$7.8 million from
Parker Ranch Trust
Trustees of the Parker Ranch Foundation Trust observed the anniversary of the late Richard Smart's birth yesterday with an announcement of grants to four beneficiaries totaling almost $7.8 million.
The grants include:
» $3,738,000 in land to North Hawaii Community Hospital, a 50-bed, full-service acute care hospital in Waimea.
» $1,557,000 in cash to the Hawaii Community Foundation's Richard Smart Fund, created to support health care, educational and charitable purposes and improve the general welfare and quality of life for Waimea residents.
» $1,246,000 in land and cash to Hawaii Preparatory Academy, an independent college-preparatory boarding and day school.
» $1,246,000 in land and cash to Parker School Trust Corp., established by Smart in 1978 to provide for private education in North Hawaii.
Warren Haruki, Parker Ranch trustee chairman, said the land awards will be transferred as soon as practical, with the cash distributed in equal amounts from 2005 through 2009.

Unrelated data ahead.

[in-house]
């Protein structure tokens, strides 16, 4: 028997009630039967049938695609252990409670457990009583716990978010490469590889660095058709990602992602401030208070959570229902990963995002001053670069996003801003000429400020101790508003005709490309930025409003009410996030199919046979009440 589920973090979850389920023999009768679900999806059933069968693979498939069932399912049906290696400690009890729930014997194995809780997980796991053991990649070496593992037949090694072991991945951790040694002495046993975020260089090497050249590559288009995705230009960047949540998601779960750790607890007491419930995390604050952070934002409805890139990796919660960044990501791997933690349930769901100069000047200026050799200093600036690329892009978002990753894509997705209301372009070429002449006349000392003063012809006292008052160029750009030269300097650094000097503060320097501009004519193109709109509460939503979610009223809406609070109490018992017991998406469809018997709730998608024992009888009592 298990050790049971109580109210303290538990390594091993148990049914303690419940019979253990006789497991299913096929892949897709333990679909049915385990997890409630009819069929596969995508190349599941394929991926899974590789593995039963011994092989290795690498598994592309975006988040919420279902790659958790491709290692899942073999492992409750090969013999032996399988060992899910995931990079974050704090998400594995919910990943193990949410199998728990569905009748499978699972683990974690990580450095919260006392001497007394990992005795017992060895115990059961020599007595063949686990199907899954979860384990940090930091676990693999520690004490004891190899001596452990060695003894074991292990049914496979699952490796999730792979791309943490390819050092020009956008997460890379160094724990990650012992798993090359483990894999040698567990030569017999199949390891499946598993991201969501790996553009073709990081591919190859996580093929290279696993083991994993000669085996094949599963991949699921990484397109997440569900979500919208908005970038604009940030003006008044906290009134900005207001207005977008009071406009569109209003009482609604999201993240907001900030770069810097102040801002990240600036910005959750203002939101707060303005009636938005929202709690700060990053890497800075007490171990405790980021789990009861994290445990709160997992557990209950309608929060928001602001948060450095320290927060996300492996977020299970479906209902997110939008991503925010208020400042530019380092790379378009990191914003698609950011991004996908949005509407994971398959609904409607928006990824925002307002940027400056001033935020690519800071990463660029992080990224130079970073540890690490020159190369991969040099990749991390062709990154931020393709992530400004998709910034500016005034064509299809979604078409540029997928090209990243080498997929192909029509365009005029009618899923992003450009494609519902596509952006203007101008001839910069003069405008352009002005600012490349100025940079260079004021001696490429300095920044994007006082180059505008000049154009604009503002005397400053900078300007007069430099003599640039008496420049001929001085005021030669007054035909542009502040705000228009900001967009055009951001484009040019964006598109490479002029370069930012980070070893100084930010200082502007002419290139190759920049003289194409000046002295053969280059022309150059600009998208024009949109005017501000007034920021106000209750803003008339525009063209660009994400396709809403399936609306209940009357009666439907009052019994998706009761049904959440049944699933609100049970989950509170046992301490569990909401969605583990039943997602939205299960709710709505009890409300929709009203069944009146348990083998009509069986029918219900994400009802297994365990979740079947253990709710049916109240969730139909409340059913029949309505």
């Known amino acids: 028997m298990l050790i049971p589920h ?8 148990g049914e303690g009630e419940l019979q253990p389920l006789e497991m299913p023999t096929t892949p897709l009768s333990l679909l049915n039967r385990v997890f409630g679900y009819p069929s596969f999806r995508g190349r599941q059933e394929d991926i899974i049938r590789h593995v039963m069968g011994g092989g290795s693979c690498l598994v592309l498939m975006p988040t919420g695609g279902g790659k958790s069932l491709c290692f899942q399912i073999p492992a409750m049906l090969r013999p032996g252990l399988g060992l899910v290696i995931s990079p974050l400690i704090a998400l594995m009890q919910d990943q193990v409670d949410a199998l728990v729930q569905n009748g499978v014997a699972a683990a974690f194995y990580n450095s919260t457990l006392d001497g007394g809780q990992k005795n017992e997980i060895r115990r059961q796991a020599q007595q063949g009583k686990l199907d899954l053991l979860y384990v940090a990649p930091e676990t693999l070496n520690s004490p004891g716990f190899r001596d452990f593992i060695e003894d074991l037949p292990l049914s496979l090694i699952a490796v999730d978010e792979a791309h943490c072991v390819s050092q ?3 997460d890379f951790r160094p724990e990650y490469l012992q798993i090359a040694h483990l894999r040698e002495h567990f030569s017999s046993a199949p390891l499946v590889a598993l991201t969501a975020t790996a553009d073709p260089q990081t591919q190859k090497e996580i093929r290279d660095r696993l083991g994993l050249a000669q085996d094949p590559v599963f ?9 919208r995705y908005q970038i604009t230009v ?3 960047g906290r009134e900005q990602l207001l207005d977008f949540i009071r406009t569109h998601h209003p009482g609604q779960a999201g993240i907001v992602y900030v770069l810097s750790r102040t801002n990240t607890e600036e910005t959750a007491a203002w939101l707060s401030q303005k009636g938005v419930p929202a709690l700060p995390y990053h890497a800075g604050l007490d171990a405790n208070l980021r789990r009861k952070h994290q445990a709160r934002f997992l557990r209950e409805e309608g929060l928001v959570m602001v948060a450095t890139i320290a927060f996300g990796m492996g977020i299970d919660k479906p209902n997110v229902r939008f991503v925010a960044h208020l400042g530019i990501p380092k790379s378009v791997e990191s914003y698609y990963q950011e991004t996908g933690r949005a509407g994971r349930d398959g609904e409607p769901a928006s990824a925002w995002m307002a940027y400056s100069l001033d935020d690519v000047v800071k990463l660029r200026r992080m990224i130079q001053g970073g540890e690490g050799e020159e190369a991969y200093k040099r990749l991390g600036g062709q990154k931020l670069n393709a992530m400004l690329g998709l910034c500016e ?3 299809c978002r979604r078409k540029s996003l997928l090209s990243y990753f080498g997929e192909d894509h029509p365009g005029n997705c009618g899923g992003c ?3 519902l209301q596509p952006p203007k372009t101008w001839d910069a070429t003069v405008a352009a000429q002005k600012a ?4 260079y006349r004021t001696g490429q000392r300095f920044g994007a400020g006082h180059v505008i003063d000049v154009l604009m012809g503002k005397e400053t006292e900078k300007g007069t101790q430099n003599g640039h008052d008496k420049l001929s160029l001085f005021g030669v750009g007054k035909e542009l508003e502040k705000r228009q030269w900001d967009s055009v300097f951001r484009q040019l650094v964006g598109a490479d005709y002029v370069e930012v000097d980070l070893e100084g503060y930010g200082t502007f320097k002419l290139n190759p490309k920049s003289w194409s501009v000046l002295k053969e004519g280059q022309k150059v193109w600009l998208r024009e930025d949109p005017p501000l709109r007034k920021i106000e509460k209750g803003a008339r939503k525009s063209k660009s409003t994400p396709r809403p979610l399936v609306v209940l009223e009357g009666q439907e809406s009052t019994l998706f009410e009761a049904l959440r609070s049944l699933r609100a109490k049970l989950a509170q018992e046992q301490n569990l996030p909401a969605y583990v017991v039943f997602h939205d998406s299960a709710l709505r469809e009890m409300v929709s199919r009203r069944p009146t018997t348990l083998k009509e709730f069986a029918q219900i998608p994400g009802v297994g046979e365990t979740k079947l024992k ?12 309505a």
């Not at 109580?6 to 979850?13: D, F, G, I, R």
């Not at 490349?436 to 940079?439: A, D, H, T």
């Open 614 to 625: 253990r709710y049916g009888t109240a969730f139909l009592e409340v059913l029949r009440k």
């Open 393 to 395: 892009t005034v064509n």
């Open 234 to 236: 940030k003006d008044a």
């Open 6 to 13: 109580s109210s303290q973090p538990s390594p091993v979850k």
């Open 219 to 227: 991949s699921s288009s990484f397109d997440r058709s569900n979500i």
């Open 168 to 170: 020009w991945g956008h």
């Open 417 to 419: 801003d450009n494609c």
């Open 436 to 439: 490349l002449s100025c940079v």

"Richard Smart's legacy continues to benefit a large portion of the Waimea community through these charitable institutions," Haruki said.
"Our thanks go out to the entire Parker Ranch ohana, including our retirees, whose hard work and diligence have contributed to enabling the trust to make these land and cash distributions to the beneficiaries.
"More importantly," he added, "we express our heartfelt thanks to the beneficiaries for their strong cooperation and teamwork in making this distribution possible."
Including the new amounts, the Parker Ranch Foundation Trust has distributed a total of about $11.8 million in cash and land to its four beneficiaries.
Total amounts to date include $5,683,000 to North Hawaii Community Hospital, $2,370,000 to the Richard Smart Fund of the Hawaii Community Foundation, $1,880,000 to Hawaii Preparatory Academy and $1,880,000 to Parker School Trust Corp.
Smart was born in 1913 and died in 1992 after a colorful history as Waimea's biggest landlord at Parker Ranch and a career on stage, performing on Broadway and in top cabarets in the United States and abroad.
He left Parker Ranch and his art collection in a trust to benefit the Waimea community.